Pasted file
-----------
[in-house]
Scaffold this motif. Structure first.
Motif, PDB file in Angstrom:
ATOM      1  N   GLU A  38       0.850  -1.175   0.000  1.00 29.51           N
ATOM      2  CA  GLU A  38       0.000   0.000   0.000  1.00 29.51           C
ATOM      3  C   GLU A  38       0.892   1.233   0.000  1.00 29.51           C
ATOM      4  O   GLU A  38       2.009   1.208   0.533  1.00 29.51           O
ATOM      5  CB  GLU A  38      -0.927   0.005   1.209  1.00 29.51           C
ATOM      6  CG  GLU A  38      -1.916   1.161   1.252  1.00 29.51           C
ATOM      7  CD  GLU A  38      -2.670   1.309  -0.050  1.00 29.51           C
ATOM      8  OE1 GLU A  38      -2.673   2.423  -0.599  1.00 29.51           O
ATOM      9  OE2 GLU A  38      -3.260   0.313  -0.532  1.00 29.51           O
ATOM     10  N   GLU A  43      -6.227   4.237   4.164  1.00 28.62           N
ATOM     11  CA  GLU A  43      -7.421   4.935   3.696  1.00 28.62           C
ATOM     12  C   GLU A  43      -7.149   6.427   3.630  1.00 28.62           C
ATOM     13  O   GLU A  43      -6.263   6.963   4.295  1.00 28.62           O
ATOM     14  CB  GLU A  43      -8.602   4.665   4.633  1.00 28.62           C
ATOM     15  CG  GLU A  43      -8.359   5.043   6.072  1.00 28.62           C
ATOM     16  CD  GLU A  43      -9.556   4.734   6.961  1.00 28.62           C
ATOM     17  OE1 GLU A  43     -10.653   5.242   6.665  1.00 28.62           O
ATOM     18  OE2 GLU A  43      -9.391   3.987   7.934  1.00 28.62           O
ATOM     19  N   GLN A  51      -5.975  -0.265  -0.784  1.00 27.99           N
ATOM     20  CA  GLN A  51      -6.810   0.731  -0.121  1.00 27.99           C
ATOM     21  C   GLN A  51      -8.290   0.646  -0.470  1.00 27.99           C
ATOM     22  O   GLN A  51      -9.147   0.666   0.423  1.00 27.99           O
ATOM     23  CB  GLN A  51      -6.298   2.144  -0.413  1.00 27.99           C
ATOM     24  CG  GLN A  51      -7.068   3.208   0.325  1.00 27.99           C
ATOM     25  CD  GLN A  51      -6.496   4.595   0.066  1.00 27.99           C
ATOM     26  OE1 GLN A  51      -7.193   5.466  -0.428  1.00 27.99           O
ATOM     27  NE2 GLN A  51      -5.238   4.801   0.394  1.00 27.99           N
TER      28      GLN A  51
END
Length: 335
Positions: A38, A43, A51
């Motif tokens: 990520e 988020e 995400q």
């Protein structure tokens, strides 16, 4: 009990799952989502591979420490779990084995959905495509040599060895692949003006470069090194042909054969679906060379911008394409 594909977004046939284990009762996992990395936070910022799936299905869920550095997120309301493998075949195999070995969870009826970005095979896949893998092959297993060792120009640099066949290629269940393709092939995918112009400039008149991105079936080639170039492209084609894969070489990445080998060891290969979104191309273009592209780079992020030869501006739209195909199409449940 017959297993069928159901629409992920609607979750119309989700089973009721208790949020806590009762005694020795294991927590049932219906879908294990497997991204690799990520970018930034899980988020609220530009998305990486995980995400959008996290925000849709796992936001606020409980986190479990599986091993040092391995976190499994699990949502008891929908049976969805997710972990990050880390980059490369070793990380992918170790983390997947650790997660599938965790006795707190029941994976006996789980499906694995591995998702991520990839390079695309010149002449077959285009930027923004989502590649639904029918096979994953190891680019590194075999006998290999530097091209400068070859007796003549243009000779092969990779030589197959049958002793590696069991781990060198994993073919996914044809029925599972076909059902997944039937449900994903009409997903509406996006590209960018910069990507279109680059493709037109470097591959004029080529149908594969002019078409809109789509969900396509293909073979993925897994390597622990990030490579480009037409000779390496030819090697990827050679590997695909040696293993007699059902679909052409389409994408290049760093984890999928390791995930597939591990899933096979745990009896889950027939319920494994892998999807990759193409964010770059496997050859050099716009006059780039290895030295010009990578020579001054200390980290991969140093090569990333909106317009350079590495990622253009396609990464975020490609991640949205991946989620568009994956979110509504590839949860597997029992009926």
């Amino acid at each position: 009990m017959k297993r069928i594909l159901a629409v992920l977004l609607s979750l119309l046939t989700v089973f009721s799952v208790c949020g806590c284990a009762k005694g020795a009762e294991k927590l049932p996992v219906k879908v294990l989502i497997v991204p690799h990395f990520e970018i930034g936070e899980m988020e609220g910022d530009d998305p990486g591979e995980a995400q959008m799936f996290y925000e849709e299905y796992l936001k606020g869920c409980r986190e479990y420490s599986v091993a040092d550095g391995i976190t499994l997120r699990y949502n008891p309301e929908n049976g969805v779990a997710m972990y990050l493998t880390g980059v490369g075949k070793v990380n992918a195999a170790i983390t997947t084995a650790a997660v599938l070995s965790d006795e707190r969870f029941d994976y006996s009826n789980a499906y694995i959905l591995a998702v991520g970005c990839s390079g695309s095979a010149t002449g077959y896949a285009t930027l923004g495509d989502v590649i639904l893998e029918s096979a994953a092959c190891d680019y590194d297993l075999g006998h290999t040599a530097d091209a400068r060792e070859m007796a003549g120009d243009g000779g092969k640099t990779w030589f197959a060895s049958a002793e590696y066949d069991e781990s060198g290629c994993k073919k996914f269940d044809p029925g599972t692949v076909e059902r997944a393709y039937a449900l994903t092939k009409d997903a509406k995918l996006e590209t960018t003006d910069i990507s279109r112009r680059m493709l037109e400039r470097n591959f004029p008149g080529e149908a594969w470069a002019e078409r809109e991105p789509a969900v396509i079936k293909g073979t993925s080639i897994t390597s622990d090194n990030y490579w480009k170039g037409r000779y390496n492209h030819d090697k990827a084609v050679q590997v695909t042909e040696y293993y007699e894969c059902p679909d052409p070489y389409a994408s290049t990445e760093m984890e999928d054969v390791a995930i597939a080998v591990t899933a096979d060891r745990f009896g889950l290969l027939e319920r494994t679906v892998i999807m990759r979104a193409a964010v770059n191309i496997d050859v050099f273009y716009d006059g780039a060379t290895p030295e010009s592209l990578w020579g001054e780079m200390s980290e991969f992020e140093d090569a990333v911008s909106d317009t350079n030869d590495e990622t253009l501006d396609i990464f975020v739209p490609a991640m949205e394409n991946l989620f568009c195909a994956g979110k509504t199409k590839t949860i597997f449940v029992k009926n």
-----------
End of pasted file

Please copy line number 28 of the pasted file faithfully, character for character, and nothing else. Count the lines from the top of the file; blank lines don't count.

ATOM     25  CD  GLN A  51      -6.496   4.595   0.066  1.00 27.99           C